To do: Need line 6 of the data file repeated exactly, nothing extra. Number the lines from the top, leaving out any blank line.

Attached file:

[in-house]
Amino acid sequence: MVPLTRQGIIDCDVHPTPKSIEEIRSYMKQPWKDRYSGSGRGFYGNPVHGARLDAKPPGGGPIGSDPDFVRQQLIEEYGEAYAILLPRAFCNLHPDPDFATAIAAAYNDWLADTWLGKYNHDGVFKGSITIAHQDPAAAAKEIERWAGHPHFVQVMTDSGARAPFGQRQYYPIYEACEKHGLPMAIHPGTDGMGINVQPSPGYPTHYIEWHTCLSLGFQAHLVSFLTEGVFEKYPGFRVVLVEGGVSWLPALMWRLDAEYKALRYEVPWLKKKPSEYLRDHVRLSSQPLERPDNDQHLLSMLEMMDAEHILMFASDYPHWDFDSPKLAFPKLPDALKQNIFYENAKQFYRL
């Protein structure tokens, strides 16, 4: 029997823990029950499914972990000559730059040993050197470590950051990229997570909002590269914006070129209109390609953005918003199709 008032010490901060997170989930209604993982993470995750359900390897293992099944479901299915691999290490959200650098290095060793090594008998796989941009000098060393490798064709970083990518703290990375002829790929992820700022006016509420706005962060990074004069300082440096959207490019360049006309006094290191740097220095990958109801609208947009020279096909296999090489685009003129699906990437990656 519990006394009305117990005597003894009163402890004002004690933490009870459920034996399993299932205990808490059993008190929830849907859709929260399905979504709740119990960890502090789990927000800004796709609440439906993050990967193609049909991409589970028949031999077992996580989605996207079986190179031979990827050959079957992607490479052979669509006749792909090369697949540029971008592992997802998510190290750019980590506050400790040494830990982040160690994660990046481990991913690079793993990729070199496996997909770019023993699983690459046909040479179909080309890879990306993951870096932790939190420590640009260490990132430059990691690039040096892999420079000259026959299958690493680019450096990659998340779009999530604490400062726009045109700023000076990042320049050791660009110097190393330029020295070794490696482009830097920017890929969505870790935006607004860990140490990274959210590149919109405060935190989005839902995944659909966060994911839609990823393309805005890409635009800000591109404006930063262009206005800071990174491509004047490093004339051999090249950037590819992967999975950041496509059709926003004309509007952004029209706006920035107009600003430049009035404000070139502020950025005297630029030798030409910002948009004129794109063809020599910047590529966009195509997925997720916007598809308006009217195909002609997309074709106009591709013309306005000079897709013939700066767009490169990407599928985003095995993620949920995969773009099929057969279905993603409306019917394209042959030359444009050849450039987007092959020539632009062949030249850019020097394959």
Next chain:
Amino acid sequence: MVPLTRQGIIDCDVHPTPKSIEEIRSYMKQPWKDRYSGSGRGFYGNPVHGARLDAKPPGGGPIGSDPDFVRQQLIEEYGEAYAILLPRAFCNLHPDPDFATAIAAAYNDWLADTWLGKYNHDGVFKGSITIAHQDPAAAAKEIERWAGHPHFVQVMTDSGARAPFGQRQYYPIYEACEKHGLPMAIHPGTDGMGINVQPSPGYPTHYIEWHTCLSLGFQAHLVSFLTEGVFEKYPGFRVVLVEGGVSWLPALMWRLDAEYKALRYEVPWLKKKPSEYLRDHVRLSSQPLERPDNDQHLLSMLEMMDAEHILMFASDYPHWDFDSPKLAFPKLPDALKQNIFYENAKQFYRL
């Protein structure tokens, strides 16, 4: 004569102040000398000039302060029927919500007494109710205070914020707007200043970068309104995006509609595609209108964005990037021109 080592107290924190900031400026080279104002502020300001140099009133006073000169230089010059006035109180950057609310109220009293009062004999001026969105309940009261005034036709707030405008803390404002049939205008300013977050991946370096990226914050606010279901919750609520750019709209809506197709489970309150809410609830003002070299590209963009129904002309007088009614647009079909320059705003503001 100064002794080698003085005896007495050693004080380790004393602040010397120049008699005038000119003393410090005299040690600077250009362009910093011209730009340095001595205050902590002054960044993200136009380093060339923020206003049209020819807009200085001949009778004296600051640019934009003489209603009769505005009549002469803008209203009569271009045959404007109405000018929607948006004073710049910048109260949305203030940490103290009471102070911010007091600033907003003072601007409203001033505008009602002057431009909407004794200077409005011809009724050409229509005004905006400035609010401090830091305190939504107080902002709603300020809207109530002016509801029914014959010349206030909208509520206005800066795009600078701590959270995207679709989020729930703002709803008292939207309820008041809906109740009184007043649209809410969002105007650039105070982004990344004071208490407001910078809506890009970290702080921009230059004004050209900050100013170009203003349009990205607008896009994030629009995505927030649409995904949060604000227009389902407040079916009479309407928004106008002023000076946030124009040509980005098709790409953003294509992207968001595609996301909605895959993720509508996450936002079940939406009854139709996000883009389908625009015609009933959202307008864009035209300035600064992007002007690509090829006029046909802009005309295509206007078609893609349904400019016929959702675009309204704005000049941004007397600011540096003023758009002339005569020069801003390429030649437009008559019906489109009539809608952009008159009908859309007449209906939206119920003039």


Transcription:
């Protein structure tokens, strides 16, 4: 004569102040000398000039302060029927919500007494109710205070914020707007200043970068309104995006509609595609209108964005990037021109 080592107290924190900031400026080279104002502020300001140099009133006073000169230089010059006035109180950057609310109220009293009062004999001026969105309940009261005034036709707030405008803390404002049939205008300013977050991946370096990226914050606010279901919750609520750019709209809506197709489970309150809410609830003002070299590209963009129904002309007088009614647009079909320059705003503001 100064002794080698003085005896007495050693004080380790004393602040010397120049008699005038000119003393410090005299040690600077250009362009910093011209730009340095001595205050902590002054960044993200136009380093060339923020206003049209020819807009200085001949009778004296600051640019934009003489209603009769505005009549002469803008209203009569271009045959404007109405000018929607948006004073710049910048109260949305203030940490103290009471102070911010007091600033907003003072601007409203001033505008009602002057431009909407004794200077409005011809009724050409229509005004905006400035609010401090830091305190939504107080902002709603300020809207109530002016509801029914014959010349206030909208509520206005800066795009600078701590959270995207679709989020729930703002709803008292939207309820008041809906109740009184007043649209809410969002105007650039105070982004990344004071208490407001910078809506890009970290702080921009230059004004050209900050100013170009203003349009990205607008896009994030629009995505927030649409995904949060604000227009389902407040079916009479309407928004106008002023000076946030124009040509980005098709790409953003294509992207968001595609996301909605895959993720509508996450936002079940939406009854139709996000883009389908625009015609009933959202307008864009035209300035600064992007002007690509090829006029046909802009005309295509206007078609893609349904400019016929959702675009309204704005000049941004007397600011540096003023758009002339005569020069801003390429030649437009008559019906489109009539809608952009008159009908859309007449209906939206119920003039």